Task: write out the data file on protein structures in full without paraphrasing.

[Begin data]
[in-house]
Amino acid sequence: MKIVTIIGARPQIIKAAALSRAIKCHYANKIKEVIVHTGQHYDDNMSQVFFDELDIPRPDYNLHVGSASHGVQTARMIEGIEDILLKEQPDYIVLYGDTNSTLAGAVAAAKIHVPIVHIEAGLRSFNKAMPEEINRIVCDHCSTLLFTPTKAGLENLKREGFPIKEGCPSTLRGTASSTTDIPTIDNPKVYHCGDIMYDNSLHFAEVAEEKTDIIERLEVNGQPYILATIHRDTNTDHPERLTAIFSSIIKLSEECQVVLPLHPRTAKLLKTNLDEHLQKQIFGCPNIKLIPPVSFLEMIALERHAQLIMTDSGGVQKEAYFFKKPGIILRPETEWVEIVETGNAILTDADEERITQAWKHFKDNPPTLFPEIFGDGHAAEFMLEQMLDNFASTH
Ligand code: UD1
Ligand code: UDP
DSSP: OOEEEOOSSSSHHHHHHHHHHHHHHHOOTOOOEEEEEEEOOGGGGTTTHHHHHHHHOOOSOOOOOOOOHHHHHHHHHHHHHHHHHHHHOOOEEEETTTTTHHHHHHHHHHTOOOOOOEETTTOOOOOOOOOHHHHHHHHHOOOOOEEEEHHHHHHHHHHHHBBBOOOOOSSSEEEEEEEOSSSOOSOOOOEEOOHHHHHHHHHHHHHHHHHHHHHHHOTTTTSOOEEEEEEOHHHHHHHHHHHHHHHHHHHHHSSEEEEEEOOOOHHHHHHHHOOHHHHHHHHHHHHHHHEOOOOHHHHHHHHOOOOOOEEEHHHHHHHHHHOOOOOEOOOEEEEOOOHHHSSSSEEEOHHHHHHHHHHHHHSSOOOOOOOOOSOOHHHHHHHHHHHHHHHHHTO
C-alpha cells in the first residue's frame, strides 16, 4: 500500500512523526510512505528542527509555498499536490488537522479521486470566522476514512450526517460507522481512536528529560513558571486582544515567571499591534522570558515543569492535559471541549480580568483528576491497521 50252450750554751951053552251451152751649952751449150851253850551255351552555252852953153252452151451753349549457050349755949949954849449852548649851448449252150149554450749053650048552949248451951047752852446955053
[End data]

[in-house]
Amino acid sequence: MKIVTIIGARPQIIKAAALSRAIKCHYANKIKEVIVHTGQHYDDNMSQVFFDELDIPRPDYNLHVGSASHGVQTARMIEGIEDILLKEQPDYIVLYGDTNSTLAGAVAAAKIHVPIVHIEAGLRSFNKAMPEEINRIVCDHCSTLLFTPTKAGLENLKREGFPIKEGCPSTLRGTASSTTDIPTIDNPKVYHCGDIMYDNSLHFAEVAEEKTDIIERLEVNGQPYILATIHRDTNTDHPERLTAIFSSIIKLSEECQVVLPLHPRTAKLLKTNLDEHLQKQIFGCPNIKLIPPVSFLEMIALERHAQLIMTDSGGVQKEAYFFKKPGIILRPETEWVEIVETGNAILTDADEERITQAWKHFKDNPPTLFPEIFGDGHAAEFMLEQMLDNFASTH
Ligand code: UD1
Ligand code: UDP
DSSP: OOEEEOOSSSSHHHHHHHHHHHHHHHOOTOOOEEEEEEEOOGGGGTTTHHHHHHHHOOOSOOOOOOOOHHHHHHHHHHHHHHHHHHHHOOOEEEETTTTTHHHHHHHHHHTOOOOOOEETTTOOOOOOOOOHHHHHHHHHOOOOOEEEEHHHHHHHHHHHHBBBOOOOOSSSEEEEEEEOSSSOOSOOOOEEOOHHHHHHHHHHHHHHHHHHHHHHHOTTTTSOOEEEEEEOHHHHHHHHHHHHHHHHHHHHHSSEEEEEEOOOOHHHHHHHHOOHHHHHHHHHHHHHHHEOOOOHHHHHHHHOOOOOOEEEHHHHHHHHHHOOOOOEOOOEEEEOOOHHHSSSSEEEOHHHHHHHHHHHHHSSOOOOOOOOOSOOHHHHHHHHHHHHHHHHHTO
C-alpha cells in the first residue's frame, strides 16, 4: 500500500512523526510512505528542527509555498499536490488537522479521486470566522476514512450526517460507522481512536528529560513558571486582544515567571499591534522570558515543569492535559471541549480580568483528576491497521 50252450750554751951053552251451152751649952751449150851253850551255351552555252852953153252452151451753349549457050349755949949954849449852548649851448449252150149554450749053650048552949248451951047752852446955053